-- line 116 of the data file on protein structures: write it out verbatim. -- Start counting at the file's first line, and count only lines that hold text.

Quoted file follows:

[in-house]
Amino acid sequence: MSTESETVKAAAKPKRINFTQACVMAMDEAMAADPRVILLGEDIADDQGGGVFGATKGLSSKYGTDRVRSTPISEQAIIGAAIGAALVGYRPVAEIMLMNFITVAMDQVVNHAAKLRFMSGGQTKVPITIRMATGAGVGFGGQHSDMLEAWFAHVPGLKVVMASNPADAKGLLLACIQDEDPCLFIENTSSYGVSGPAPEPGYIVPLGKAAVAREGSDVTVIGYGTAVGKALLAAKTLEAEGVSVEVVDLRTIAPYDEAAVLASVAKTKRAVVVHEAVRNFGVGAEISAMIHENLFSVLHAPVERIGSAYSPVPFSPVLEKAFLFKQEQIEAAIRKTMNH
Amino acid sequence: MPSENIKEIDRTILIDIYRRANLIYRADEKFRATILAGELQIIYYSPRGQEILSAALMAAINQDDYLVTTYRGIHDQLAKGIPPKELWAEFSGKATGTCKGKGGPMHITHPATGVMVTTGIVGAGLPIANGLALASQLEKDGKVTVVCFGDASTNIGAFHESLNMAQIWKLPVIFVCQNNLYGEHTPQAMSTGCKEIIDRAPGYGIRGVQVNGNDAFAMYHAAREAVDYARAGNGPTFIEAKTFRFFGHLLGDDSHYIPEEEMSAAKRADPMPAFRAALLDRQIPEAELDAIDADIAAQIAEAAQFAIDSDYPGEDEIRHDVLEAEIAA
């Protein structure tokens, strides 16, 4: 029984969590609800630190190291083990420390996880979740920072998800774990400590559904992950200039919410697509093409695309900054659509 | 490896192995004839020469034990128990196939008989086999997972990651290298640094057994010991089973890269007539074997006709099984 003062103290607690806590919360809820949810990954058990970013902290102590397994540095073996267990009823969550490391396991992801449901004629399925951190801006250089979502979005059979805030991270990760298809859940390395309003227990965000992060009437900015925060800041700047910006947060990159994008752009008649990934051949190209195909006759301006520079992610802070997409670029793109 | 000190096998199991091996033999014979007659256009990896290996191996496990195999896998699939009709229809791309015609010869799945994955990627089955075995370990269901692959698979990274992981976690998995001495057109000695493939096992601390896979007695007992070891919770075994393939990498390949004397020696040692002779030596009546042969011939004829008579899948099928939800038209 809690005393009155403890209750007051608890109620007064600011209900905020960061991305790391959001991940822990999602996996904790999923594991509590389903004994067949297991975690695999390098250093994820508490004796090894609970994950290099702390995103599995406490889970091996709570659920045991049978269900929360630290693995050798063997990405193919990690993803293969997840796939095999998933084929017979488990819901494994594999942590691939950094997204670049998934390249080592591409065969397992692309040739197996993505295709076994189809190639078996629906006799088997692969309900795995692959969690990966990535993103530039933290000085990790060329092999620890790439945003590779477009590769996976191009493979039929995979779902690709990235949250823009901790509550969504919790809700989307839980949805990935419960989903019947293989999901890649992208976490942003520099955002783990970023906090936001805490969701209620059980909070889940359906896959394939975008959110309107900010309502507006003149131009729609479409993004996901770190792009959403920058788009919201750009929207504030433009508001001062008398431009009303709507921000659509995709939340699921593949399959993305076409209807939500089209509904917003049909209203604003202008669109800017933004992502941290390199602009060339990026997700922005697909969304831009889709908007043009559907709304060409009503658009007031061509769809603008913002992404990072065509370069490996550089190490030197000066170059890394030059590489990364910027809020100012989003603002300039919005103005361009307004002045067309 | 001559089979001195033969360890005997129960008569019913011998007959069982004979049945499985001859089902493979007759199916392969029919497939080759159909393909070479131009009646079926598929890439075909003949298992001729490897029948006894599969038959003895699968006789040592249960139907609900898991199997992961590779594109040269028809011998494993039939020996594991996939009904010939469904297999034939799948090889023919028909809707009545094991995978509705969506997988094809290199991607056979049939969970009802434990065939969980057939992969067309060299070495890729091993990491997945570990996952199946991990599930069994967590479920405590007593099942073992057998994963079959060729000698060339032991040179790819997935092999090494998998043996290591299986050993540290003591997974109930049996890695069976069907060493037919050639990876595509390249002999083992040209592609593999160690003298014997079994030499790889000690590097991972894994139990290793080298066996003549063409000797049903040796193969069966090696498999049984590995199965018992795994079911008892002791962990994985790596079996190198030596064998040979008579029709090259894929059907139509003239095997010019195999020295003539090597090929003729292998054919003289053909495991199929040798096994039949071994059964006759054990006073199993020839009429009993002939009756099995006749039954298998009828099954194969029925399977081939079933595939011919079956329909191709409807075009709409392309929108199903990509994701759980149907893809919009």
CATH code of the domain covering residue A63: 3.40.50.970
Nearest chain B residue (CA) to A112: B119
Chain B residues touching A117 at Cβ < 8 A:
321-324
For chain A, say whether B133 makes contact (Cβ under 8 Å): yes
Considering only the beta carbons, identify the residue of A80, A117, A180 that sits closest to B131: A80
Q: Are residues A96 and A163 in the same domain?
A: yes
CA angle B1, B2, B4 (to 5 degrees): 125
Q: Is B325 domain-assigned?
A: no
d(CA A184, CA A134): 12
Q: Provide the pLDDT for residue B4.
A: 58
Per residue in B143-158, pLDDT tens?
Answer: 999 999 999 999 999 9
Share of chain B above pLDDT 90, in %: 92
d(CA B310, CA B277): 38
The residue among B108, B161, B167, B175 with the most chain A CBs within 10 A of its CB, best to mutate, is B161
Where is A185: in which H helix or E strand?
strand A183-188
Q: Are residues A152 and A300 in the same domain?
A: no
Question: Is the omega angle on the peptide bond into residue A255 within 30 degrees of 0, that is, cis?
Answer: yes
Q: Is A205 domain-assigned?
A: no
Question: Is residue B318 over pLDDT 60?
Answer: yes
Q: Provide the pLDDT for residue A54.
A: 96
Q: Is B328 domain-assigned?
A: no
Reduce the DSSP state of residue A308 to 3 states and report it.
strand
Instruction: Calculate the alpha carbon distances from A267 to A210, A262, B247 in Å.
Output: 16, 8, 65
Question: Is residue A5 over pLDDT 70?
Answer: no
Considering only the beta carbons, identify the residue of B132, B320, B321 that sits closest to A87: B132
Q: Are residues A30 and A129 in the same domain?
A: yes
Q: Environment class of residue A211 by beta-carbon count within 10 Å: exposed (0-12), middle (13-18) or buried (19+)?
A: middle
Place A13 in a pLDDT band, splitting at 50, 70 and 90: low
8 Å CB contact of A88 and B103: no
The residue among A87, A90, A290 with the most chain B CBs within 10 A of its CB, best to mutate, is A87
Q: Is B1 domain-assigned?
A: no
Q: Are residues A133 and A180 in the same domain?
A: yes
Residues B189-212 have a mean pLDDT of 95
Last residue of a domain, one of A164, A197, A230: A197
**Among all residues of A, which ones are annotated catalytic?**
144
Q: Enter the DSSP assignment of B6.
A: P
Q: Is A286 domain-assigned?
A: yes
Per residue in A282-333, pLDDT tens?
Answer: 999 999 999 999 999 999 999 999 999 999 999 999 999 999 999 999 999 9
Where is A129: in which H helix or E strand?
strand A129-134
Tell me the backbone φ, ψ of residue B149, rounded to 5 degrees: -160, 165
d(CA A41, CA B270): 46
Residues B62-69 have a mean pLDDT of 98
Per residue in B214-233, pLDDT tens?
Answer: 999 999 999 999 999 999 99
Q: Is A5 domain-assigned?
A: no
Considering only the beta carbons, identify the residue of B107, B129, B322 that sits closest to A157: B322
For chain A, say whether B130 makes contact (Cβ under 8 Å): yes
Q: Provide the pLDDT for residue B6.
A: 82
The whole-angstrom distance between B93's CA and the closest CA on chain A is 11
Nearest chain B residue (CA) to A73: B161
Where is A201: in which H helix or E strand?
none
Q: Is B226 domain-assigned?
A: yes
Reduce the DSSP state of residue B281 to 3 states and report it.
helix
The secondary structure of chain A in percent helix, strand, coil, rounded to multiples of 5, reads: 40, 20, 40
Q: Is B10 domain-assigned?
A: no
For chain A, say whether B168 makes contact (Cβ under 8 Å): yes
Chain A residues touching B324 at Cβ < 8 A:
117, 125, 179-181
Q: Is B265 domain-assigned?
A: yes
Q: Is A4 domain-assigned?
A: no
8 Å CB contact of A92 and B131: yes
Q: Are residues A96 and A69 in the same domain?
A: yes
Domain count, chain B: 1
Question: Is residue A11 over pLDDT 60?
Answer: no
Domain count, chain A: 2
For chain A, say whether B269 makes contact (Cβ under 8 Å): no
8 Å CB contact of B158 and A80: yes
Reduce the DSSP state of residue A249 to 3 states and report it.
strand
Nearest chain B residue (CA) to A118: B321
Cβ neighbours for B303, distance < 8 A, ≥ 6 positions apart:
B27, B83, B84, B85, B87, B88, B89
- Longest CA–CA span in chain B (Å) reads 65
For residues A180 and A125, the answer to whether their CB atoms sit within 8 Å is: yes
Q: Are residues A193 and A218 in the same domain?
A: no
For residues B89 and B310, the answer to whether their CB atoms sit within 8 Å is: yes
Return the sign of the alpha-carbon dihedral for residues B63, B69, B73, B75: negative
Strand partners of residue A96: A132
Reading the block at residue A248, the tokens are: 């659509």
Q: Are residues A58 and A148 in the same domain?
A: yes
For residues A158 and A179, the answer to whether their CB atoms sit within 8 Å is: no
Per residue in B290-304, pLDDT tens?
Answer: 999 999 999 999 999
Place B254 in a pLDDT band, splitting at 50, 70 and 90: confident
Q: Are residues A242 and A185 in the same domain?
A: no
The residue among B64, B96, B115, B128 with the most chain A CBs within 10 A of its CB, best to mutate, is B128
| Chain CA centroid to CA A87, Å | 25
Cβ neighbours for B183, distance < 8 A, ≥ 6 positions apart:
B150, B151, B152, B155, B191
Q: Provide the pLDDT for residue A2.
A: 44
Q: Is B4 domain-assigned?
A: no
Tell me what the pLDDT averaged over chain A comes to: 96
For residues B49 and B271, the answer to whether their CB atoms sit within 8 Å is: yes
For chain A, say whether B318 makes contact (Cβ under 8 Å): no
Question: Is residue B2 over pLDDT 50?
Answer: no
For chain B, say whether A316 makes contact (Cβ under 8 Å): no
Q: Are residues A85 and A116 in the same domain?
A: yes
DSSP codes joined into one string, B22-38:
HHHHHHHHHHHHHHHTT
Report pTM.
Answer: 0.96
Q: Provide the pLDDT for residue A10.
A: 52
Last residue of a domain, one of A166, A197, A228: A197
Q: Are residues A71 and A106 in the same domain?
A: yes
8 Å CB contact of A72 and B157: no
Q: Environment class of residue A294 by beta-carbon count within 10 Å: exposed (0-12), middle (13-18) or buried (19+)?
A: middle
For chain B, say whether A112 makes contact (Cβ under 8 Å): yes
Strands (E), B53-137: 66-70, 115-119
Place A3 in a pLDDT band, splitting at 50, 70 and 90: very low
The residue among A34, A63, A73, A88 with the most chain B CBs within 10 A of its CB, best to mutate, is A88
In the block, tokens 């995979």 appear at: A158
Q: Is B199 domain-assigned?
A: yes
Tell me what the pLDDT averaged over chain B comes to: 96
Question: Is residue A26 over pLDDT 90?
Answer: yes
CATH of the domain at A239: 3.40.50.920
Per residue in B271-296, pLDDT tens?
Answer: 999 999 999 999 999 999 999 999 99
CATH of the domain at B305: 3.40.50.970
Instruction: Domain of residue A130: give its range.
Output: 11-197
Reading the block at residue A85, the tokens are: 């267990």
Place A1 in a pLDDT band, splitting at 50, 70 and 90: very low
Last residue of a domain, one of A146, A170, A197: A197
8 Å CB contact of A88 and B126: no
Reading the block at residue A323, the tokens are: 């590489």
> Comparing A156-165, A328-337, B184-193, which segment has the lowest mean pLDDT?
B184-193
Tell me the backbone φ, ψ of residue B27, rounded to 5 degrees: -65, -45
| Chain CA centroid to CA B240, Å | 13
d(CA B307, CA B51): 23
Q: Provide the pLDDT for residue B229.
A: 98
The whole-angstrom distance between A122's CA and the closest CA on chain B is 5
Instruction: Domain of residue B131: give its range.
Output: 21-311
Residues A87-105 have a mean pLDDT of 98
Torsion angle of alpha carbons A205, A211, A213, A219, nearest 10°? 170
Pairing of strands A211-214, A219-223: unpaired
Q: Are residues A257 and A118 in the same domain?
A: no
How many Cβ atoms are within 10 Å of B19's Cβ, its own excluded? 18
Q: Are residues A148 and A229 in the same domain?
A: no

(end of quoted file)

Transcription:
Return the sign of the alpha-carbon dihedral for residues B63, B69, B73, B75: negative